The Ultra-Brief Confusion Assessment Method (UB-CAM): A New Approach for Rapid Diagnosis of CAM-Defined Delirium

Contributed by Edward R. Marcantonio MD SM, Donna M. Fick, RN PhD, Richard N. Jones ScD, Sharon K Inouye MD MPH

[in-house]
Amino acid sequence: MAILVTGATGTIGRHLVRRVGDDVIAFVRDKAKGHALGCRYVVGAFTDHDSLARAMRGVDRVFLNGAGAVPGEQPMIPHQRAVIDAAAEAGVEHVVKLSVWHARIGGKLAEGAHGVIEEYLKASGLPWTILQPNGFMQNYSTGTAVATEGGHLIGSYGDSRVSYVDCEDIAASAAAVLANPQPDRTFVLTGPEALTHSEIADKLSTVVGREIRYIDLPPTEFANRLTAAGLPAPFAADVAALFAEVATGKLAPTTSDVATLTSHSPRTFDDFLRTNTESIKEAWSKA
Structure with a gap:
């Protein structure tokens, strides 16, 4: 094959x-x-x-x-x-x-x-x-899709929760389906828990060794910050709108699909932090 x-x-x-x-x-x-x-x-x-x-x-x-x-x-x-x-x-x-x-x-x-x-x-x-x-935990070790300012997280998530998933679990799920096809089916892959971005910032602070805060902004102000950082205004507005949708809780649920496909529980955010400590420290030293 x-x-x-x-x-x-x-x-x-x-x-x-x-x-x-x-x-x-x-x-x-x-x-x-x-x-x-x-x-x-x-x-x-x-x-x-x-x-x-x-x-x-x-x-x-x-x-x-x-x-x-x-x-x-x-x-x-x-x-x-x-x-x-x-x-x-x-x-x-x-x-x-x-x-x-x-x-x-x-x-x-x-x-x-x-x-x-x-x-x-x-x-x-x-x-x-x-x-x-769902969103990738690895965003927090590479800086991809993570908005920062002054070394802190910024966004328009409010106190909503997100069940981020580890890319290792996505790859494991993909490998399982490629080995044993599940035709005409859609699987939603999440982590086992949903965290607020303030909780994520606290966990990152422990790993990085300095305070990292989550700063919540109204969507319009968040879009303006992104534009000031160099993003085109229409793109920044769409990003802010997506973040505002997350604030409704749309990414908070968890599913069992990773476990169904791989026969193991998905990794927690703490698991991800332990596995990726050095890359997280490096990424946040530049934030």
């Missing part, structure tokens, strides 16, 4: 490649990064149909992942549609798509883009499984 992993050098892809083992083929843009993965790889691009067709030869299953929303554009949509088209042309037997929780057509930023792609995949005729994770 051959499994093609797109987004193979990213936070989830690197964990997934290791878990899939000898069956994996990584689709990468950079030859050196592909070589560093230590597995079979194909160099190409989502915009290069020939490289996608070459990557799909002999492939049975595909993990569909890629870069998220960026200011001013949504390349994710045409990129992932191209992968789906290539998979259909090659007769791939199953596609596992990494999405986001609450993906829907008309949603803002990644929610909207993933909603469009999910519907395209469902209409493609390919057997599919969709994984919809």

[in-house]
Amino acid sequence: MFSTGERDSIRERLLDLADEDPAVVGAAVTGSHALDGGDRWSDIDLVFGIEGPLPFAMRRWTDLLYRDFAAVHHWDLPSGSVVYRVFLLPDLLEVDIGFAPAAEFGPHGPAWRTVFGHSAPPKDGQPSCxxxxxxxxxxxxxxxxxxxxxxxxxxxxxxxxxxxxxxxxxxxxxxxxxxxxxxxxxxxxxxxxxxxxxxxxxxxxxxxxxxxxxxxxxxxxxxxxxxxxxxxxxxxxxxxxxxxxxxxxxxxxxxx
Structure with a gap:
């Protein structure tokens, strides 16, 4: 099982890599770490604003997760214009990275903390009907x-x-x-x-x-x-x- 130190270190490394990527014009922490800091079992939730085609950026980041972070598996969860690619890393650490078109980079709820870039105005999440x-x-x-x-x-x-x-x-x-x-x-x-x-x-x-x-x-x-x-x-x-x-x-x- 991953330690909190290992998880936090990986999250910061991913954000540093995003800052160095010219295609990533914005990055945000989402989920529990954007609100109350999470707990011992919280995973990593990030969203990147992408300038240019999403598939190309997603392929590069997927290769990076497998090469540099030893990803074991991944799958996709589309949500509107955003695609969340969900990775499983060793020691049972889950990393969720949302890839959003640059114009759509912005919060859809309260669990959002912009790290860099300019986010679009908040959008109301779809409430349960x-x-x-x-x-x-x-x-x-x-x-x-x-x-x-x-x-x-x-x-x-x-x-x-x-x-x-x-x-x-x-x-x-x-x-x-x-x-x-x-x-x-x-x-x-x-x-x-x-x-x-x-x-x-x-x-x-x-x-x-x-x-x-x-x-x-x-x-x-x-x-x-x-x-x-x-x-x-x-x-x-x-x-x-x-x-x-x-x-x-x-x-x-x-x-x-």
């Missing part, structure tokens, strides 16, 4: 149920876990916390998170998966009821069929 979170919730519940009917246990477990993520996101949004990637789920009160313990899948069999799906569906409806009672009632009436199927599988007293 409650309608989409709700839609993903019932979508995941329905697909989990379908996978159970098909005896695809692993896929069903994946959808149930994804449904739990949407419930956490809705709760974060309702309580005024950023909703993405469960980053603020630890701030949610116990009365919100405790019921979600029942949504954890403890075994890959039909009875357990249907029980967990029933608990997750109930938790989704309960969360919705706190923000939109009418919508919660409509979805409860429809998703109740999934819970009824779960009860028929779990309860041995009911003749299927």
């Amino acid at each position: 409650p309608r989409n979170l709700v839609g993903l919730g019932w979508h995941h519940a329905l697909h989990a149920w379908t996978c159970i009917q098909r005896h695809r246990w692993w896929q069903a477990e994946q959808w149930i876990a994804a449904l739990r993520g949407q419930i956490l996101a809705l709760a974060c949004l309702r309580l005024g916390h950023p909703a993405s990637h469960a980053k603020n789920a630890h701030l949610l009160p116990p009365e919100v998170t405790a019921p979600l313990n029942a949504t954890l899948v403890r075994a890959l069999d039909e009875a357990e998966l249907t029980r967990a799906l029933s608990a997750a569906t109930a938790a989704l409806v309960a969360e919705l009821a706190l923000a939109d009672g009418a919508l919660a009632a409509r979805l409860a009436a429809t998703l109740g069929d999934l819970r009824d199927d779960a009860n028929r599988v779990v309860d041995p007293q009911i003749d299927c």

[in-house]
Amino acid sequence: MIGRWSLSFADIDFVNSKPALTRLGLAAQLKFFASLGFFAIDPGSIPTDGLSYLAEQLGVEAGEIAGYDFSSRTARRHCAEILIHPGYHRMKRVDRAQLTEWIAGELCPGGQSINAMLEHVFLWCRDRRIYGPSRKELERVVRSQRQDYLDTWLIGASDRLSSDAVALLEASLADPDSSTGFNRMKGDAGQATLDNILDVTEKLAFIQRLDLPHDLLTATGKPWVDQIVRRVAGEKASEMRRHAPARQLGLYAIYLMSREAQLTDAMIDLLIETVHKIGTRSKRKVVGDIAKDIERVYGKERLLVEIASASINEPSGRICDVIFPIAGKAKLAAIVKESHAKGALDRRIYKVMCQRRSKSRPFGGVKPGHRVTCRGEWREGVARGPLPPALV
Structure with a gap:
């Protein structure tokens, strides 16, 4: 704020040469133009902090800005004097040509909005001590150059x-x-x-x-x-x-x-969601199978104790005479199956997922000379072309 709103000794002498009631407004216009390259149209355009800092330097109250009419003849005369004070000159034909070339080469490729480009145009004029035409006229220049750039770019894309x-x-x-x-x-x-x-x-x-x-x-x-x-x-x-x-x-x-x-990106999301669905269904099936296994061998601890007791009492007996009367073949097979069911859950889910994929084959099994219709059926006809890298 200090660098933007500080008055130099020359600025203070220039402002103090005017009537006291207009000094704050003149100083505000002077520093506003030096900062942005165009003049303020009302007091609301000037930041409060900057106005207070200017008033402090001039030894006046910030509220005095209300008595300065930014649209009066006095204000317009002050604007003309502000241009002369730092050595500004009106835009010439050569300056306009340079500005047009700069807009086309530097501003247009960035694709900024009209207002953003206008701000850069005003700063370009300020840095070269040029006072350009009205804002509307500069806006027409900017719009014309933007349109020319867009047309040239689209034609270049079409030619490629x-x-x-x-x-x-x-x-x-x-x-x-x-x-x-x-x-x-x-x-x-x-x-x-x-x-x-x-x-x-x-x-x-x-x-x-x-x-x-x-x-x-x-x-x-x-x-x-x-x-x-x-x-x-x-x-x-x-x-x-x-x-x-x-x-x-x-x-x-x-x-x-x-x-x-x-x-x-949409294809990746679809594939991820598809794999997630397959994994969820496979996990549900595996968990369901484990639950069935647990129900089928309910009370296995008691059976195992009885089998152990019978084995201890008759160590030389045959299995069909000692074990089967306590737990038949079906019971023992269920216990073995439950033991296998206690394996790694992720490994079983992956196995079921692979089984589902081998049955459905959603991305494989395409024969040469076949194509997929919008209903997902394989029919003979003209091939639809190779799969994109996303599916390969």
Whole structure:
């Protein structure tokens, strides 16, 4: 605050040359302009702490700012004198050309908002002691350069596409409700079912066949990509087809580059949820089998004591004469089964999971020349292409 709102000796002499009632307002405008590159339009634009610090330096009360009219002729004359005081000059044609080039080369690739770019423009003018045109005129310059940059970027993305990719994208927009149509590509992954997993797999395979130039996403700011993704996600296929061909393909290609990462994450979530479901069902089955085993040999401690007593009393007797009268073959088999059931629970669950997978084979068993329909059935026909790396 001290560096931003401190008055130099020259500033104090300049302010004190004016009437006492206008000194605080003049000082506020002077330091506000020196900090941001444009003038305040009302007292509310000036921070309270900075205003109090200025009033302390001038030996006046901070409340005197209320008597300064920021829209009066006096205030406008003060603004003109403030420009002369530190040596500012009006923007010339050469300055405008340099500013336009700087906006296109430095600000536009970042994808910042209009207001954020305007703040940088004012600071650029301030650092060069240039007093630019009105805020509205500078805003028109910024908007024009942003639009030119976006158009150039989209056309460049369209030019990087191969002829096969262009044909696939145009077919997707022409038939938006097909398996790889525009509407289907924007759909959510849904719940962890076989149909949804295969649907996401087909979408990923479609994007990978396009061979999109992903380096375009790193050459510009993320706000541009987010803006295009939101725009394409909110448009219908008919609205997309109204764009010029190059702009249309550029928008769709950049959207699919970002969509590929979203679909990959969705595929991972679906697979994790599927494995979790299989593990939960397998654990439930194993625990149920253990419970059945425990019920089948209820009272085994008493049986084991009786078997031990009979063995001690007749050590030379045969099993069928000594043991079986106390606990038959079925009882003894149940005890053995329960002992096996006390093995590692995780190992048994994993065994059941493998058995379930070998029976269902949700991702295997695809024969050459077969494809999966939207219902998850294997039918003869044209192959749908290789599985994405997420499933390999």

The 3D-CAM. As discussed previously on NIDUS, the Confusion Assessment Method (CAM)1 has a 30-year track record during which it has become the standard for delirium identification in both clinical care and research. Moreover, the CAM diagnostic algorithm defines a clear phenotype for delirium. In applying the CAM over the past 3 decades, a number of questions have arisen:  1) what are the best questions for assessing each of the CAM diagnostic features?, 2) how many “positive” items (e.g. wrong answers) are needed to endorse the presence of each feature?, and 3) can we make the assessment as short as possible?  To address all of these questions, we developed the 3-Minute Diagnostic Assessment for CAM-defined delirium (3D-CAM). Using a database of nearly 5000 CAM assessments with over 120 assessment items each, we used modern measurement methods to identify the best items to assess each CAM diagnostic feature.2 We determined the number of “positives” required for the presence of each feature, which turned out to be one! And, we put the cognitive testing and CAM algorithm together in a short structured assessment that is easy to apply on the wards. We then prospectively validated the 3D-CAM in 201 general medicine patients—a purposeful “challenge” sample with average age over 80, and nearly a third with dementia. In comparison to the “gold standard” clinical evaluation for delirium, the 3D-CAM (performed blinded to the gold standard) had outstanding test characteristics, with sensitivity of 95% and specificity of 94%.3 Moreover, it performed well in challenging groups, such as those with hypoactive delirium, and delirium superimposed on dementia, and took only 3 minutes to perform. The 3D-CAM is now freely available along with a User’s Manual, has been translated into 10 languages, and has been widely adopted in both clinical and research settings. Two methods for measuring delirium severity using the 3D-CAM that require no additional questions/ratings are also available.4,5